“The answers we found are deeply disturbing.”
| The infamous OxyContin maker Purdue Pharma used front groups and sponsored research to deceive the World Health Organization and corrupt global public health policies with the goal of boosting international opioid sales and profits, according to a Congressional report released this week.
The investigation identified two WHO guidance documents that appear to parrot some of Purdue’s misleading and outright false marketing claims about the safety and efficacy of their highly addictive opioids.
130 U.S. deaths per day
The findings, released by Reps. Katherine Clark (D-Mass.) and Hal Rogers (R-Ky.), land as the country is still grappling with an epidemic of opioid abuse and overdoses.
According to the Centers for Disease Control and Prevention, opioid overdoses kill an average of 130 Americans every day.
Clark and Rogers say that the motivation for the investigation follows a 2017 warning letter Congress members sent to the WHO.
Given the opioid epidemic unfolding in the US, the lawmakers warned the WHO that opioid makers would try to expand into international markets, which could potentially trigger a global epidemic.
But the Congress members say they didn’t get a response (though the WHO disputes this).
“A significant and devastating public health epidemic … “
“When the WHO failed to respond to the letter, we began to question why they would remain silent about such a significant and devastating public health epidemic,” the report reads. “The answers we found are deeply disturbing.”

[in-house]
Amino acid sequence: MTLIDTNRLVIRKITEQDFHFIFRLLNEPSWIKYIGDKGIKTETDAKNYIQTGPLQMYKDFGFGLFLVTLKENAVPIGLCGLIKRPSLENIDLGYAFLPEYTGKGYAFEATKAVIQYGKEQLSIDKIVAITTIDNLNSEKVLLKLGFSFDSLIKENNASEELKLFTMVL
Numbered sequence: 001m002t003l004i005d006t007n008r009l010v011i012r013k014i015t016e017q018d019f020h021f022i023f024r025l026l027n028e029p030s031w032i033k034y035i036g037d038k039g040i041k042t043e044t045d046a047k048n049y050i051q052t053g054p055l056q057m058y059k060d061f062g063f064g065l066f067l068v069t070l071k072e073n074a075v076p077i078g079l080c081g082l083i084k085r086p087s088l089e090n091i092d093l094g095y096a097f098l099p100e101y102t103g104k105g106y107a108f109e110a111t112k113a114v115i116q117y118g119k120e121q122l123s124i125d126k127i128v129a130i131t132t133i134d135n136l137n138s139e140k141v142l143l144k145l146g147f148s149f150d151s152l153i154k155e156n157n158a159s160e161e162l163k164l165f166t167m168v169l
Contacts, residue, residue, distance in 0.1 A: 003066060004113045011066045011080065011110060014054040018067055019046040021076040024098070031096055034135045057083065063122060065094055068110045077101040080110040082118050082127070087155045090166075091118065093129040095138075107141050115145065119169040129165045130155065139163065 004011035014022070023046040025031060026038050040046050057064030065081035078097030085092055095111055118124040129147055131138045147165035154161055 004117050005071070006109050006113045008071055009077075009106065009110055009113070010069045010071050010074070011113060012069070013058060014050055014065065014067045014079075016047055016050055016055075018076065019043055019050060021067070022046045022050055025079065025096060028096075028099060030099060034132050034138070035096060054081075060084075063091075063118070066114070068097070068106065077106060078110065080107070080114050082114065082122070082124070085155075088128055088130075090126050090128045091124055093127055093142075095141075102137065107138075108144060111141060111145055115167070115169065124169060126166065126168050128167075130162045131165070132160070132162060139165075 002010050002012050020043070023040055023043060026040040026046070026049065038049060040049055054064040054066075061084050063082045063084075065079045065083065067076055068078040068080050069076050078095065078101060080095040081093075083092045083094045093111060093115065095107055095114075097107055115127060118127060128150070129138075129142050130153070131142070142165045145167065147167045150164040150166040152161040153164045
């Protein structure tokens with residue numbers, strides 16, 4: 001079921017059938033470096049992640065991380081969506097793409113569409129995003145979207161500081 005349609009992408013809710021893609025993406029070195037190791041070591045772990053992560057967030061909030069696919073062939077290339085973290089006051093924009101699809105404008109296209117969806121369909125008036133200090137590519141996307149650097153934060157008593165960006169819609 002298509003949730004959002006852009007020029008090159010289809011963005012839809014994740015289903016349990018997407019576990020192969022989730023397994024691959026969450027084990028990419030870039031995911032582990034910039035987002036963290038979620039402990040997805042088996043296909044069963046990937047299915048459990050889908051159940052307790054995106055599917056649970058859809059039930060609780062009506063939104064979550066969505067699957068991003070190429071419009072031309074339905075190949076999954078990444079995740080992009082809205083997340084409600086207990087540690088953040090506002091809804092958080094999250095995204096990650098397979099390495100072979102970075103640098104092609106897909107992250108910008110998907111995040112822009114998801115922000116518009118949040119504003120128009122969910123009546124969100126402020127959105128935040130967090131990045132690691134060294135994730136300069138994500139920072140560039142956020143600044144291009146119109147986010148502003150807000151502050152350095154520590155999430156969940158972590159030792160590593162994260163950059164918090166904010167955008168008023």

Based on public records, the report outlines a tangle of organizations and individuals that connect financial threads from Purdue to WHO.
Rep. Clark said in a statement:
“The web of influence we uncovered paints a picture of a public health organization that has been manipulated by the opioid industry. The WHO appears to be lending the opioid industry its voice and credibility, and as a result, a trusted public health organization is trafficking dangerous misinformation that could lead to a global opioid epidemic.”
Among the alleged results, the report found that a 2011 guidance from WHO cited a discredited statistic often used by Purdue. The guidance is titled “Ensuring Balance in National Policies on Controlled Substances, Guidance for Availability and Accessibility of Controlled Medicines.”
In it, the WHO repeats the claim that less than 1 percent of patients treated with opioids develops dependence.
The Congressional report alleges that the statistic was disputed at the time and has since been discredited, with some studies finding use disorders [formally called addiction, a term now widely considered politically incorrect. – Ed.] occurring in 8 to 12 percent of patients.
“It is difficult to imagine that the WHO could have been unaware that their claim was widely disputed,” the report reads.
“Moreover, it seems impossible that the agency remains unaware of the true risk of substance-use disorder today … ”
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